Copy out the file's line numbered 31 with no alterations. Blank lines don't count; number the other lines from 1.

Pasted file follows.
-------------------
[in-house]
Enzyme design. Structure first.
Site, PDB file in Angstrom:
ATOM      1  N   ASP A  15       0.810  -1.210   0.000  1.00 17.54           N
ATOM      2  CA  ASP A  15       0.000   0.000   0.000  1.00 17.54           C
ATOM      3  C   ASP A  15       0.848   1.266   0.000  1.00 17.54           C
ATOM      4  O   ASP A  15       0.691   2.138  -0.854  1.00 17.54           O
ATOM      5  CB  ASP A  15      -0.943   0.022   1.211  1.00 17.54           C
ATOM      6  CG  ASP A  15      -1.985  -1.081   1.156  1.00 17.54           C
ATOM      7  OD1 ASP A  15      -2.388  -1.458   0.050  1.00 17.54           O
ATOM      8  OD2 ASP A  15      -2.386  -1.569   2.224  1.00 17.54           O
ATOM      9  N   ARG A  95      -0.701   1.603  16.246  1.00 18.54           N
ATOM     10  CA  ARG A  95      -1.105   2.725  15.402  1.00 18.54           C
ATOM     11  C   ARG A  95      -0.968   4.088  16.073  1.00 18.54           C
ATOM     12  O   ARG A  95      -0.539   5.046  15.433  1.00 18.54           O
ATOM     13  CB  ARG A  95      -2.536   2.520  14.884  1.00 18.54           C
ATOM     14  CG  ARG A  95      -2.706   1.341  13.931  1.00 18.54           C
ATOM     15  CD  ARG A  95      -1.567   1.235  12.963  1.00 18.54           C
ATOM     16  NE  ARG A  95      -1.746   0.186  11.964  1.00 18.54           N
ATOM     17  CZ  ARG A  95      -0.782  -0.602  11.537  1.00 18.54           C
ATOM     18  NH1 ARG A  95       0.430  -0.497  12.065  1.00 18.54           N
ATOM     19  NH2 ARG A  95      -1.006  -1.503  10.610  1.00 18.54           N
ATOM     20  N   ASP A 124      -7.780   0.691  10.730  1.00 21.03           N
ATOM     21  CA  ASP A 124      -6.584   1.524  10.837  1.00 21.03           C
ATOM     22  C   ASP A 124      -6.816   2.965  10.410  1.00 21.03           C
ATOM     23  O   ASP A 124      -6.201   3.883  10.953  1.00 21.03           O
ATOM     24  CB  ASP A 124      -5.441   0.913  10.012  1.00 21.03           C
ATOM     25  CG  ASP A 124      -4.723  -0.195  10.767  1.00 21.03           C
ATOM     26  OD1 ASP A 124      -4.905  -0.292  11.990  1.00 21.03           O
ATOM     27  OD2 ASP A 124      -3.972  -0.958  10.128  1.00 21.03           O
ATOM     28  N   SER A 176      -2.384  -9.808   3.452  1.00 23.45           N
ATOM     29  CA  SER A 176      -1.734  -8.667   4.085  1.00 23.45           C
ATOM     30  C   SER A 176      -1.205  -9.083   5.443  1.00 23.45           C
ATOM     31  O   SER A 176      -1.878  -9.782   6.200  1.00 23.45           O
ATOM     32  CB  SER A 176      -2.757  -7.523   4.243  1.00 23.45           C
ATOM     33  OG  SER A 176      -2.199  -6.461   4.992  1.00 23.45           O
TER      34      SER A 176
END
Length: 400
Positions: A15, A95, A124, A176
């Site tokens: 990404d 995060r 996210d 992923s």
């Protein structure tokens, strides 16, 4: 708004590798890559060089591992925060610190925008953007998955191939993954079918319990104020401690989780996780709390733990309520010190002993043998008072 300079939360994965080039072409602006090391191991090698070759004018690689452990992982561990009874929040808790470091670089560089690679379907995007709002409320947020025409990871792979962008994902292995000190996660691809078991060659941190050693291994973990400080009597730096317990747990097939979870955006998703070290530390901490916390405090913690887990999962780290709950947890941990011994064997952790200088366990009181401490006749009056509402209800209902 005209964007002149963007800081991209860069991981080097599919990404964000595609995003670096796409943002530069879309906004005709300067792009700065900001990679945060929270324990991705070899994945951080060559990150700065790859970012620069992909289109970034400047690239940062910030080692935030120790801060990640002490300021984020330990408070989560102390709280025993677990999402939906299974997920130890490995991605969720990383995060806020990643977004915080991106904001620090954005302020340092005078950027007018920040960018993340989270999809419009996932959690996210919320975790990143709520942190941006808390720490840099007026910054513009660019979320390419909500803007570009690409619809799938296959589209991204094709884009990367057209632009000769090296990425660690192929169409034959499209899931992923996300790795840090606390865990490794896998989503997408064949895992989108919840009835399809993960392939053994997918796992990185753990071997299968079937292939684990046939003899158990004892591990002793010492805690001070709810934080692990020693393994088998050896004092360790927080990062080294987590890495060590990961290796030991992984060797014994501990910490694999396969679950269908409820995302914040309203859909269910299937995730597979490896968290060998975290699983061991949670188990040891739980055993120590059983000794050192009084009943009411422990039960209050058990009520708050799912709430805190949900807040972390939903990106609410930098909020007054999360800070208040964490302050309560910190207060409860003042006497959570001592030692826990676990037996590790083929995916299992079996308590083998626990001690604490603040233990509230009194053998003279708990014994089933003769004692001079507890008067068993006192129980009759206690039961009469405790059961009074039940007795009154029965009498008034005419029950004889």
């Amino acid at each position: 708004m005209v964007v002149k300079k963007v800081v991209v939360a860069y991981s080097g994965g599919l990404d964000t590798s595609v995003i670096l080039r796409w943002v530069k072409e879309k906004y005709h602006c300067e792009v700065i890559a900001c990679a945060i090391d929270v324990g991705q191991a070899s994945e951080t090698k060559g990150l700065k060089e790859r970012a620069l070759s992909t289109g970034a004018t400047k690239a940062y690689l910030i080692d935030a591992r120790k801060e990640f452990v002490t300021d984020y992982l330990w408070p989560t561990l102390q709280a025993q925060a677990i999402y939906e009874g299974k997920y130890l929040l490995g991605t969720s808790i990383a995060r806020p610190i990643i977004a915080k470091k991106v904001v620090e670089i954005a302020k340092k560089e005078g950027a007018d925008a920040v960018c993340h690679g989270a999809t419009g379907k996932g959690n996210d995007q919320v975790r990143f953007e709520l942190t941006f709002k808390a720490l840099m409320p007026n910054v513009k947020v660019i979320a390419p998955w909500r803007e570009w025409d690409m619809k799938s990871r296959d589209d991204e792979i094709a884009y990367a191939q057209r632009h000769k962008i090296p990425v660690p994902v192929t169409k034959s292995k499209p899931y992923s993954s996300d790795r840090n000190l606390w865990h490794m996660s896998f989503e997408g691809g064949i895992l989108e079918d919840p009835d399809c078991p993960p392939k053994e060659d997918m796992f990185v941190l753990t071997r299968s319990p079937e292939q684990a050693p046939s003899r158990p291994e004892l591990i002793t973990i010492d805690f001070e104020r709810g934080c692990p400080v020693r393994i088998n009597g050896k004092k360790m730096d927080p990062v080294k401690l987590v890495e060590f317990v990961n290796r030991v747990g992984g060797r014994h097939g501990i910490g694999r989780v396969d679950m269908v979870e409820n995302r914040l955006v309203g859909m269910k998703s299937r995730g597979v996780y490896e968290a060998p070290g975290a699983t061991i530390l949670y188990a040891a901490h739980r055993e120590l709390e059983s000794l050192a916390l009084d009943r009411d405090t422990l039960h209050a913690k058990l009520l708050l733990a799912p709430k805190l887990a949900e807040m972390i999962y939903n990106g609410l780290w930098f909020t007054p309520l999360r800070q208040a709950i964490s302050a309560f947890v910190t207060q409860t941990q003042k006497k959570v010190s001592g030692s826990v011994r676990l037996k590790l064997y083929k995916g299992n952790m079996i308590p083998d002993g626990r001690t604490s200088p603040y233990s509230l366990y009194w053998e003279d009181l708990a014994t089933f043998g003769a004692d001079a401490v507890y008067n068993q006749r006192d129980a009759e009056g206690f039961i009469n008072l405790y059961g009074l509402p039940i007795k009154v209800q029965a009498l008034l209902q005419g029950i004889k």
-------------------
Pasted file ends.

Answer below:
ATOM     28  N   SER A 176      -2.384  -9.808   3.452  1.00 23.45           N